This is why the convention has, not only the right, but the duty to formulate a sharp and clear alternative: Either a genuine unity on the principle of democratic centralism (with serious and large guarantees for the Minority inside the Party) or an open, clear and demonstrative break before the forum of the working class.
With best greetings,
W. Rork [Leon Trotsky]
P.S. I just received the Cleveland resolution on Party unity. My impression: The rank and file of the Minority do not wish a split. The leaders are interested, not in a political, but a purely journalistic activity. The leaders presented a resolution on party split under the name of a resolution on party unity with the purpose of involving their followers in a split. The resolution says: “Minorities of the Bolshevik Party both before and during the First World War” had their own public political journals. What minorities? At what time? What journals? The leaders induce their followers into an error in order to camouflage their split intentions.
All hopes of the Minority leaders are based on their literary capacities. They assure one another that their paper would surely excel that of the Majority. Such was always the hope of the Russian Mensheviks who, as a petty-bourgeois faction, had more intellectuals and able journalists. But their hopes were in vain. A fluent pen is not sufficient to create a revolutionary party: a granite theoretical base is necessary, a scientific programme, a consistency in political thinking and firm organisational principles. The opposition as an opposition has nothing of all that; it is the opposite of all that. This is why I agree with you completely: If they wish to present Burnham’s theories, Shachtman’s politics and Abern’s organisational methods to the external public opinion, they should do it in their own name without any responsibility of the party or of the Fourth International.
* * *
4 April, 1940
Dear Comrade Dobbs,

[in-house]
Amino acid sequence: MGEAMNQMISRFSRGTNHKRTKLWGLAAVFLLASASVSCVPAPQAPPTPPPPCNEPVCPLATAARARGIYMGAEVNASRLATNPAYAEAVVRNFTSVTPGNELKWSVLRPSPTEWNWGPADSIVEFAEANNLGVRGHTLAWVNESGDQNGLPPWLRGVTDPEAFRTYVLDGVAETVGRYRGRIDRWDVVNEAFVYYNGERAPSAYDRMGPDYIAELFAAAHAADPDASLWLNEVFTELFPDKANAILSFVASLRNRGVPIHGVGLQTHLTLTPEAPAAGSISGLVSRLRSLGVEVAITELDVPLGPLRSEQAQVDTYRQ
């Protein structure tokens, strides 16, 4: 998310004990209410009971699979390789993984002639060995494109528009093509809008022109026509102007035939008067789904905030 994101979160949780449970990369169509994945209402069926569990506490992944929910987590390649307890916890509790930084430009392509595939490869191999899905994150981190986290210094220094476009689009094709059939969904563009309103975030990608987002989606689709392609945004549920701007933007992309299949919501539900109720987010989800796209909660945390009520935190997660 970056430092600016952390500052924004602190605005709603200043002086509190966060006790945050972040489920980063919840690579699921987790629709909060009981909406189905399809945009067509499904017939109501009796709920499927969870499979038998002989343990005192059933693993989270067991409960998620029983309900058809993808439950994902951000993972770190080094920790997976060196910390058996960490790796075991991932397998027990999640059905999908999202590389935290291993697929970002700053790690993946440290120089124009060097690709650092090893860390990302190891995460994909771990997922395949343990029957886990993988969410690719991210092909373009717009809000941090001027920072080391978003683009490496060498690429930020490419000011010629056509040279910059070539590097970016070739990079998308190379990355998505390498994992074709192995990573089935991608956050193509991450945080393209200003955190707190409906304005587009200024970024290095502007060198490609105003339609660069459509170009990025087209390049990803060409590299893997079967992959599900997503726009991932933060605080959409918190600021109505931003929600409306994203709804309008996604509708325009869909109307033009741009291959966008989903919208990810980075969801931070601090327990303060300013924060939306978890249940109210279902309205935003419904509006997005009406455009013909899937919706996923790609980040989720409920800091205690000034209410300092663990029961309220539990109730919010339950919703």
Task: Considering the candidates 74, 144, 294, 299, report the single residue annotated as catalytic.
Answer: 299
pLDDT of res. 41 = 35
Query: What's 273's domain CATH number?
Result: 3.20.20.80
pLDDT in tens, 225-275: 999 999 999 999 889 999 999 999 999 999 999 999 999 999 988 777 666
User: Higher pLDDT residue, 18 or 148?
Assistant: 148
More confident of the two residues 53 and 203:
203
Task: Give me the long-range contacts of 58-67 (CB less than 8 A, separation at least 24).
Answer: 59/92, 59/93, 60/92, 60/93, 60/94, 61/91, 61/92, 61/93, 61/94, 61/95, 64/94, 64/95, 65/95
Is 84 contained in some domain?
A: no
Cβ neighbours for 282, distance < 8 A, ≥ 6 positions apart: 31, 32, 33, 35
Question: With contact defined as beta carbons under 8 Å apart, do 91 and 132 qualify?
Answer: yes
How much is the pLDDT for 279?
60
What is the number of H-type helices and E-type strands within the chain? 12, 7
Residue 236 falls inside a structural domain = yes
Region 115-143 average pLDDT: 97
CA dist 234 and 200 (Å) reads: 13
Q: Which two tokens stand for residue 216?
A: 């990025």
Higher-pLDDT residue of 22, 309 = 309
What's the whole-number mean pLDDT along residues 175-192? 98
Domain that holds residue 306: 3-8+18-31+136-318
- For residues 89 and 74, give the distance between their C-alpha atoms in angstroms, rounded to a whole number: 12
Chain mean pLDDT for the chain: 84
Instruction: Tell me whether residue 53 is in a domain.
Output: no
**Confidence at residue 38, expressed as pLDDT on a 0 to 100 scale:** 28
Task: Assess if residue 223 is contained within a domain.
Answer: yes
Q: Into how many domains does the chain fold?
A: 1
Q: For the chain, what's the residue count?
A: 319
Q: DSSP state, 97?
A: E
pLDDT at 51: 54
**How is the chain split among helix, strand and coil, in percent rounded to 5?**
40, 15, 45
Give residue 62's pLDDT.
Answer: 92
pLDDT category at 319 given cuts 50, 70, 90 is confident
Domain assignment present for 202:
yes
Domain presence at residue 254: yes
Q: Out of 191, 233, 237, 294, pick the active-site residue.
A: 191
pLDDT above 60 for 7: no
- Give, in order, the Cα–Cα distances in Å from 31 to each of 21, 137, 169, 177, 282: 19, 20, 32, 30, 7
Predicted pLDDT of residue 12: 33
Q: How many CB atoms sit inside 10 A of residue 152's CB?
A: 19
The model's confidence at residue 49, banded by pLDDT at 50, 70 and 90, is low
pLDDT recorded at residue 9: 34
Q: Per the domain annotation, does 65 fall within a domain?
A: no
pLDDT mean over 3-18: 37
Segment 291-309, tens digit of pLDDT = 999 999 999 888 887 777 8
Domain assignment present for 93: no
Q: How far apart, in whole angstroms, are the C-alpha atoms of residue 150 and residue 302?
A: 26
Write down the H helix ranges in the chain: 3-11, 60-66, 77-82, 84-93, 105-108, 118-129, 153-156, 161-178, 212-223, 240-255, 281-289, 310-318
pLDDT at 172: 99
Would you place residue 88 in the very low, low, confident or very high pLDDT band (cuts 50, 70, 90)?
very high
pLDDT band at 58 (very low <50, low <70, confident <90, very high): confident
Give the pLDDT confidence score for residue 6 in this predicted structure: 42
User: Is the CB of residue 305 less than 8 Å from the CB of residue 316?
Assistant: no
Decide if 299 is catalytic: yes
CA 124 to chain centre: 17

When you receive this letter, the convention will have already progressed and you will probably have a clear idea if the split is unavoidable. In this case the Abern question would lose its interest. But in the case that the Minority makes a retreat, I permit myself to insist upon my previous propositions. The necessity of preserving the secrets of the discussions and decisions in the National Committee is a very important interest but not the only one and, in the present situation, not the most important. About forty per cent of party members believe Abern is the best organiser. If they remain inside the party, you cannot help but give Abern the chance to show his superiority in organisational matters or to compromise himself. In the first session of the new National Committee, the first decision should proclaim that nobody has the right to divulge the internal happenings in the National Committee except the committee as a whole or its official institutions (Political Committee or Secretariat). The Secretariat could in its turn concretise the rules of secrecy. If, in spite of all, a leak occurs, an official investigation should be made and if Abern should be guilty, he should receive a public warning; in case of another offence, he should be eliminated from the Secretariat. Such a procedure, in spite of its temporary disadvantages is, in the long run, incomparably more favourable than to leave Abern, the New York organiser, outside the Secretariat, i.e., outside the real control of the Secretariat.
I understand very well that you are satisfied with the present Secretariat. In case of a split it is possibly the best Secretariat one could wish. But if the unity is preserved, you can’t have a Secretariat composed only of Majority representatives. You should possibly have a Secretariat even of five members – three Majorityites and two Minorityites.